Shaping The World As An Entrepreneur

When you think of brands like Disney or Apple, you probably think of their products. Whether it’s a mass media company, responsible for some of the largest theme parks in the world, the teaming up of the Avengers, Luke Skywalker’s fate, and that “Let It Go” song we’ve all heard a million times, or a tech giant so popular that crowds of people line up outside of their stores every September—what both of these companies have in common is the spirit of an entrepreneur.

Born on December 5, 1901 in Chicago Illinois, Walter Elias “Walt” Disney’s animation career began in high school, where he took up drawing and photography and contributed cartoons to his school’s paper. Shortly after serving the Red Cross in France during the war, Disney moved to Kansas City at the ripe old age of 19 to pursue a career as a newspaper cartoonist.

Although Walt was unable to find a job at a newspaper, he did end up getting a job as an animator for the Kansas City Film Ad Company. Around this time, Walt also began experimenting as an entrepreneur with hand-drawn cel animation and cameras, and soon enough the Laugh-O-Gram was born.

Working with Fred Harman, a fellow Ad Company animator, Disney’s first cartoon was a modest hit, screening regularly at a local Kansas City theater. Unfortunately, due to overwhelming debt, Disney was forced to declare bankruptcy a few years down the road. Still, that didn’t stop Walt from following his dreams.

As an entrepreneur with his brother Roy, and friend and fellow cartoonist Ubbe Eert Iwwerks, Walt moved to Hollywood. There, the three men formed the Disney Brothers’ Studio, and invented Oswald the Lucky Rabbit, a character whom they later contracted to Universal Studios for $1,500 a short.

Sadly, due to a pay dispute that led to the loss of their animators and the end of their contract with Universal, Walt, along with his brother and Iwerks were forced to come up with something new. At the time, Walt was playing around with a potential new character named Mickey. He was a mouse with big circular ears, oval eyes, and giant shoes, and well, the rest is history.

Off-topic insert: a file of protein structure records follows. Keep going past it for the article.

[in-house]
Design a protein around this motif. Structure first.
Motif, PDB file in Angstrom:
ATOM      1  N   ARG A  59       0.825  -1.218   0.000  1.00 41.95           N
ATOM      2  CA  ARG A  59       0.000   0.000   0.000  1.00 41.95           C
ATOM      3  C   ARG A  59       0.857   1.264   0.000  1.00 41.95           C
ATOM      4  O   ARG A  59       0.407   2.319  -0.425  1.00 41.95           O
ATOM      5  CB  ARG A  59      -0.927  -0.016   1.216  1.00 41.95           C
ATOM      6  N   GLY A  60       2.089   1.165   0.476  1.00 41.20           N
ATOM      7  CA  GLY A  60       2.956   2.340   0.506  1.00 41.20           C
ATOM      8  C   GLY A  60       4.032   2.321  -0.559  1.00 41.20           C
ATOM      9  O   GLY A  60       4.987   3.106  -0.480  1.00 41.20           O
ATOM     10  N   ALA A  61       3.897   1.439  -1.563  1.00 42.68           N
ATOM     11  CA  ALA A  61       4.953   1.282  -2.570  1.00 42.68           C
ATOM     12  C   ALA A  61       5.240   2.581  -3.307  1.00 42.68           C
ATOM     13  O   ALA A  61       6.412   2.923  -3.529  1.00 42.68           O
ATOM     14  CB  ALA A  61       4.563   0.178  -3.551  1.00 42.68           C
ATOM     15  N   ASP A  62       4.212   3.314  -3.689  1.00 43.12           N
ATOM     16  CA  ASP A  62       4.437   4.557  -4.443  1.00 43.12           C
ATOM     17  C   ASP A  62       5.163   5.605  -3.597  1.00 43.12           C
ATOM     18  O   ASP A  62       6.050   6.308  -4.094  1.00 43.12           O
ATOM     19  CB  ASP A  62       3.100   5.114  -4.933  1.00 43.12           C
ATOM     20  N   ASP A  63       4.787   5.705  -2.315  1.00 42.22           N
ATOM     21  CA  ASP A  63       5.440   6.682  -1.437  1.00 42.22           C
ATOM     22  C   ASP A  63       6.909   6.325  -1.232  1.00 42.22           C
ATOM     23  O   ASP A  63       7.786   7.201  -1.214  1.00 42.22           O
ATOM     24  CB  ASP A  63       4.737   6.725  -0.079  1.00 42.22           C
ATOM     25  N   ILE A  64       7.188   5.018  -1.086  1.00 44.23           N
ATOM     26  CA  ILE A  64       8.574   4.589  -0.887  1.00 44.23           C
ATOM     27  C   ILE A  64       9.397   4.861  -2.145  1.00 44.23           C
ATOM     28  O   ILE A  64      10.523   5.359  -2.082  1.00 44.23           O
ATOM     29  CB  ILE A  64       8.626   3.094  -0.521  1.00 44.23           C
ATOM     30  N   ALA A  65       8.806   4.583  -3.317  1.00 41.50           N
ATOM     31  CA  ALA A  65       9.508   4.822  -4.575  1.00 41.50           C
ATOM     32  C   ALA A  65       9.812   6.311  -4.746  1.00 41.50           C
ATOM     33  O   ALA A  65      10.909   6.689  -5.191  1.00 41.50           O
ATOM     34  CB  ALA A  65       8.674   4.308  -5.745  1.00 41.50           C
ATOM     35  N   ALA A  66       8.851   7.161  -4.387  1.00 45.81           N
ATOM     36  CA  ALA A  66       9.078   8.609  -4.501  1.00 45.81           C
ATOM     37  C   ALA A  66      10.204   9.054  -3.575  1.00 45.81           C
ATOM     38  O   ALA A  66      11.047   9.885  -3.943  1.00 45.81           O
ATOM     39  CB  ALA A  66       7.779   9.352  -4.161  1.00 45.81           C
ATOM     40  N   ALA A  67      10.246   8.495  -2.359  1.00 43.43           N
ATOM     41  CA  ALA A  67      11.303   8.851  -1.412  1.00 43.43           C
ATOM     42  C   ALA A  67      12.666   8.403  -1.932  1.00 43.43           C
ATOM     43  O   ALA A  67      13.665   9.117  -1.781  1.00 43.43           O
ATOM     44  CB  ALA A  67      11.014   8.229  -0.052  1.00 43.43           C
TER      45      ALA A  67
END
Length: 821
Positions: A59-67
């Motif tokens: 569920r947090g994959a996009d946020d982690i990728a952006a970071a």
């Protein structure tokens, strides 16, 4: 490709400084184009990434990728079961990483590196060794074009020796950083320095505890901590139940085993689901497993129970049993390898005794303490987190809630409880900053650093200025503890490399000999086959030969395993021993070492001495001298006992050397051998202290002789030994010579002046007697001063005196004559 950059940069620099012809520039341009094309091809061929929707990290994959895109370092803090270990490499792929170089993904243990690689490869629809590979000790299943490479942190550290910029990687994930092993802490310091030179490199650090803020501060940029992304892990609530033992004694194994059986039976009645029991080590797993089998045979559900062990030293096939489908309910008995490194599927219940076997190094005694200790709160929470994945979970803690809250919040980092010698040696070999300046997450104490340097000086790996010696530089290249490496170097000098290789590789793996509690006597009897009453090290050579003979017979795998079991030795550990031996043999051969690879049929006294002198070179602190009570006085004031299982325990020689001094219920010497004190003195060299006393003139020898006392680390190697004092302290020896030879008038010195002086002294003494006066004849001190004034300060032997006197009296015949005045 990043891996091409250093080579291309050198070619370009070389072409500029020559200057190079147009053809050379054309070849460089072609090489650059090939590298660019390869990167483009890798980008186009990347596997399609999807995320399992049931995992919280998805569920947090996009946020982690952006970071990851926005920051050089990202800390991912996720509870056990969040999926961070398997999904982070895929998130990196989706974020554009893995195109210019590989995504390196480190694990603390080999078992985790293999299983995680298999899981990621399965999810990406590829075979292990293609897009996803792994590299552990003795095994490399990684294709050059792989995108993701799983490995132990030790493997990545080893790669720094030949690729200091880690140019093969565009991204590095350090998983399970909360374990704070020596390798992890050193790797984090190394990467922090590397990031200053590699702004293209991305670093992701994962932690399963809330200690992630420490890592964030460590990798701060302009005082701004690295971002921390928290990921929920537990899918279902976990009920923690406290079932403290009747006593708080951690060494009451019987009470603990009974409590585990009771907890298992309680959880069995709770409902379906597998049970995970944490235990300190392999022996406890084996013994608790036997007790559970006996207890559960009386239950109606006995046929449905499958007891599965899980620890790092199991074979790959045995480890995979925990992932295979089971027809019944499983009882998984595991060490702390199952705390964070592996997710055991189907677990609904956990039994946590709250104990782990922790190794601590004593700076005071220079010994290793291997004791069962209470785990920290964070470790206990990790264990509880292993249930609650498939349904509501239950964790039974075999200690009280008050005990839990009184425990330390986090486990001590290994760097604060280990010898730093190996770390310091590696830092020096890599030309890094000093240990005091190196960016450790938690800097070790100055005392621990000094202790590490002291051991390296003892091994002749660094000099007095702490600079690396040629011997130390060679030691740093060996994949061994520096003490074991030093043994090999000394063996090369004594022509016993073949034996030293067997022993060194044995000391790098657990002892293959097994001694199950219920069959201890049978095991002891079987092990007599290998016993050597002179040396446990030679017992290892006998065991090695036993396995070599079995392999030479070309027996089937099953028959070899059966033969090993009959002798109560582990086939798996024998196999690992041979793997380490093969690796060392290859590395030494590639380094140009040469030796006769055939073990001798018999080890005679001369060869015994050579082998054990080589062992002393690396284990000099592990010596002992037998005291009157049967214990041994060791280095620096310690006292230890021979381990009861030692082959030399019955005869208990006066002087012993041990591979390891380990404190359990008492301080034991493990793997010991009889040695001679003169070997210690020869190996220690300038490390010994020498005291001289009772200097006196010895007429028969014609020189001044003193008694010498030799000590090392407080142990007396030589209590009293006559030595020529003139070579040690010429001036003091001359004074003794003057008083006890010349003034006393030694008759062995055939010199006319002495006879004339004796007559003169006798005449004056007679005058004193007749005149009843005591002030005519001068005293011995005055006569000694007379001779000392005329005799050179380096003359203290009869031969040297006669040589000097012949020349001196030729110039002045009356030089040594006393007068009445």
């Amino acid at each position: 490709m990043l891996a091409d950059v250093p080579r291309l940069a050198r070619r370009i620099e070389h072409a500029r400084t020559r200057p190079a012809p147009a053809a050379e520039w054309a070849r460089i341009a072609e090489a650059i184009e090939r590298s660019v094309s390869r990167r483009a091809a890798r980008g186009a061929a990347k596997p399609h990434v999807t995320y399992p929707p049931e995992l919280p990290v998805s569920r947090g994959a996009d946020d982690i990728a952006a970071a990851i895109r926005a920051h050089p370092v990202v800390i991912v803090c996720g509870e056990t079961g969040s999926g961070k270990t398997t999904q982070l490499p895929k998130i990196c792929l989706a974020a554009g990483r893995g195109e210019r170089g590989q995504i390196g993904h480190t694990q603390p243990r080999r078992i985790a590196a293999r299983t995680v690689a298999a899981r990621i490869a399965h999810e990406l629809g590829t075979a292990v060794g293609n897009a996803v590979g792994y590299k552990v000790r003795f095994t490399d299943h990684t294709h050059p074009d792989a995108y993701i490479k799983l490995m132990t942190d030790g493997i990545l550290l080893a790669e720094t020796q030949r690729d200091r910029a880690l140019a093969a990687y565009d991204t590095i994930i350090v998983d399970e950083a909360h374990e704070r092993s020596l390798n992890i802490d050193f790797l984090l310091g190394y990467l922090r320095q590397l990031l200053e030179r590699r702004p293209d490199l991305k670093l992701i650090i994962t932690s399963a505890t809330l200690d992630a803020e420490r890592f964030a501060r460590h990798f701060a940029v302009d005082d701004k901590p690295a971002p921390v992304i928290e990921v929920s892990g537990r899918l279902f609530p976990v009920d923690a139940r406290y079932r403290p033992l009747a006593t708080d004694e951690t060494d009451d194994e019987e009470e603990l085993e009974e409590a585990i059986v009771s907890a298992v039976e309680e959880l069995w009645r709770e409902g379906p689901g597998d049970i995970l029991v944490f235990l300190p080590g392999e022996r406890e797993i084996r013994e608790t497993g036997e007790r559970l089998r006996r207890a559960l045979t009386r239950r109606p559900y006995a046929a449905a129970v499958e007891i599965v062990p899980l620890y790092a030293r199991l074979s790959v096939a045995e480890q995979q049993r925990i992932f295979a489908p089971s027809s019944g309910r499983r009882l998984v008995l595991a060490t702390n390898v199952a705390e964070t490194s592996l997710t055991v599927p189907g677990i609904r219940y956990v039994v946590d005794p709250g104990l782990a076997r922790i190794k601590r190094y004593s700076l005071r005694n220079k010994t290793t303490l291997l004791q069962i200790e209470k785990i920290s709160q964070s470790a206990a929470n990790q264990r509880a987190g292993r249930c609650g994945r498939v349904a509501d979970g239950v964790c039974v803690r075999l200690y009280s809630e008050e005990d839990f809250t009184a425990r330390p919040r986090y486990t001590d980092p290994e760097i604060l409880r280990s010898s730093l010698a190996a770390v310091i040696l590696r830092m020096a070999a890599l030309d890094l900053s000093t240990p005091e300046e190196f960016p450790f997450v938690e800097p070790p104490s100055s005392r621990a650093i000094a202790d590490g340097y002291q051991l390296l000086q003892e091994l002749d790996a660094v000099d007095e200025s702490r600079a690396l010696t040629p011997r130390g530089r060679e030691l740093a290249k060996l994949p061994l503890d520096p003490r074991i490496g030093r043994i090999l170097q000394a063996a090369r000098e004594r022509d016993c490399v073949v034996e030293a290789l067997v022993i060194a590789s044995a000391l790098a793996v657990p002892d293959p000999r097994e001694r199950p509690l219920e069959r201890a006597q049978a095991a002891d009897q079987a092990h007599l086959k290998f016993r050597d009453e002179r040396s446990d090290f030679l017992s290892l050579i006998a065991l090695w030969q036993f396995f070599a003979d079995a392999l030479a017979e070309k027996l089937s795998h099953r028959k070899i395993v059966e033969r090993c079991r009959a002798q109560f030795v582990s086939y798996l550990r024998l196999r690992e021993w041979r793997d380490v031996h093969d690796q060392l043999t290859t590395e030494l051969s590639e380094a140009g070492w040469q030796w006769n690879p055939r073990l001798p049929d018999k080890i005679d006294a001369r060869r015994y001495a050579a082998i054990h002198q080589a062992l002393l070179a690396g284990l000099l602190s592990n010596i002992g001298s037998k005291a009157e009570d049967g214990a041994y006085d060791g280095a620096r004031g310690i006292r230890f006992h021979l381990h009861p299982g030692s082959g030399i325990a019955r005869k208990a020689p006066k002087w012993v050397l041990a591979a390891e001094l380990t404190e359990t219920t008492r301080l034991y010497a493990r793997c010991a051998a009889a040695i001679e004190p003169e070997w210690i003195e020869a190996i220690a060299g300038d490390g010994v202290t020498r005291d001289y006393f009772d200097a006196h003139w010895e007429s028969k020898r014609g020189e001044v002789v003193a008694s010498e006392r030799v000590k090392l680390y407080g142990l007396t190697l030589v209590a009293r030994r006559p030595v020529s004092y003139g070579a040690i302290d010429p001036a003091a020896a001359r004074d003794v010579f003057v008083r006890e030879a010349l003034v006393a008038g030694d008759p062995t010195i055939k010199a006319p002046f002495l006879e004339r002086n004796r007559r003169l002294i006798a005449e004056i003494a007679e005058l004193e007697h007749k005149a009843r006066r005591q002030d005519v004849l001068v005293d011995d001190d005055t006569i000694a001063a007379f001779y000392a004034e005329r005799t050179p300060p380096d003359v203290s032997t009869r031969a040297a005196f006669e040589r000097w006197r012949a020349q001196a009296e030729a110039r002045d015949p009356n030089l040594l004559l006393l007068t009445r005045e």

Now can you imagine a world without Disney? A world where Walt didn’t follow through with becoming an entrepreneur. What would you have watched growing up? What would your kids watch? Who would babysit our children 20% of the time? Thanks to Walt, Roy, and Ubbe’s entrepreneurial drive, the mousehouse we all know and love today exists. Similarly, it was this very same entrepreneurial spirit that was the starting point for the technology we use today.

Born on February 24, 1955, in San Francisco, California, Steve Jobs found formal education boring, to say the least. Although he showed signs of being an intelligent and innovative thinker early on, when Jobs was little he needed to be bribed to study, and later in adulthood dropped out of college after only six months.

Fortunately, at the age of 21, Jobs and childhood friend Steve Wozniak formed the Apple Computer Company in Jobs’ family garage. Funded by Jobs’ Volkswagen bus and Wozniak’s scientific calculator, the Steves’ first sold circuit boards while working on their computer prototype.

For Jobs, Apple computers represented an opportunity to fill a giant hole in the market. At the time, computers could take up an entire room, and were too costly for any one individual to buy. However, with computer components shrinking in size and increasing in power, this meant there was room in the market for a computer that was smaller, cheaper, and accessible to the everyday consumer.

Long story short, within three years Apple’s sales grew to $200 million, making it one of the most significant examples of corporate growth in U.S. history. By 1980, Apple became a publicly traded company, with a market value of $1.2 billion by the end of its very first day of trading.

Although the personal computer era saw IBM surpass Apple’s sales and Jobs leave the company in 1985 (only to return and revitalize the company again in 1997), Jobs and Wozniak’s work not only changed the consumer electronics industry, but the way we process information today. 


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